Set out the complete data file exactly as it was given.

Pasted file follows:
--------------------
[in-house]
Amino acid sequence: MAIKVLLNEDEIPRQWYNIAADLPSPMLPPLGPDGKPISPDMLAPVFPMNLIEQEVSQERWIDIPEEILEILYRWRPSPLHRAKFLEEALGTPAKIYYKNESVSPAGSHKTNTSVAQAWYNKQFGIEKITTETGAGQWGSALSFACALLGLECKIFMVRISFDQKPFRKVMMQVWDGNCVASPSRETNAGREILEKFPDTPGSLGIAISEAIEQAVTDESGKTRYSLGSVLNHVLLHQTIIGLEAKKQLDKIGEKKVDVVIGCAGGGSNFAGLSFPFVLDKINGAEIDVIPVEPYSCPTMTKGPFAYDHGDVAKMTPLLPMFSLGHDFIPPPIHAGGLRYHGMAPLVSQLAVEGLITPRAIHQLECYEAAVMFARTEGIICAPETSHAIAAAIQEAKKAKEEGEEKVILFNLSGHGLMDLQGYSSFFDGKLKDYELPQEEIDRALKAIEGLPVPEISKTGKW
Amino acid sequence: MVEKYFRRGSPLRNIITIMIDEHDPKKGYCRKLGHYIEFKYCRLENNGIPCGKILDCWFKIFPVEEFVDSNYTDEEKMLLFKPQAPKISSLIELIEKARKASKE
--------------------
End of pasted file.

[in-house]
Amino acid sequence: MAIKVLLNEDEIPRQWYNIAADLPSPMLPPLGPDGKPISPDMLAPVFPMNLIEQEVSQERWIDIPEEILEILYRWRPSPLHRAKFLEEALGTPAKIYYKNESVSPAGSHKTNTSVAQAWYNKQFGIEKITTETGAGQWGSALSFACALLGLECKIFMVRISFDQKPFRKVMMQVWDGNCVASPSRETNAGREILEKFPDTPGSLGIAISEAIEQAVTDESGKTRYSLGSVLNHVLLHQTIIGLEAKKQLDKIGEKKVDVVIGCAGGGSNFAGLSFPFVLDKINGAEIDVIPVEPYSCPTMTKGPFAYDHGDVAKMTPLLPMFSLGHDFIPPPIHAGGLRYHGMAPLVSQLAVEGLITPRAIHQLECYEAAVMFARTEGIICAPETSHAIAAAIQEAKKAKEEGEEKVILFNLSGHGLMDLQGYSSFFDGKLKDYELPQEEIDRALKAIEGLPVPEISKTGKW
Amino acid sequence: MVEKYFRRGSPLRNIITIMIDEHDPKKGYCRKLGHYIEFKYCRLENNGIPCGKILDCWFKIFPVEEFVDSNYTDEEKMLLFKPQAPKISSLIELIEKARKASKE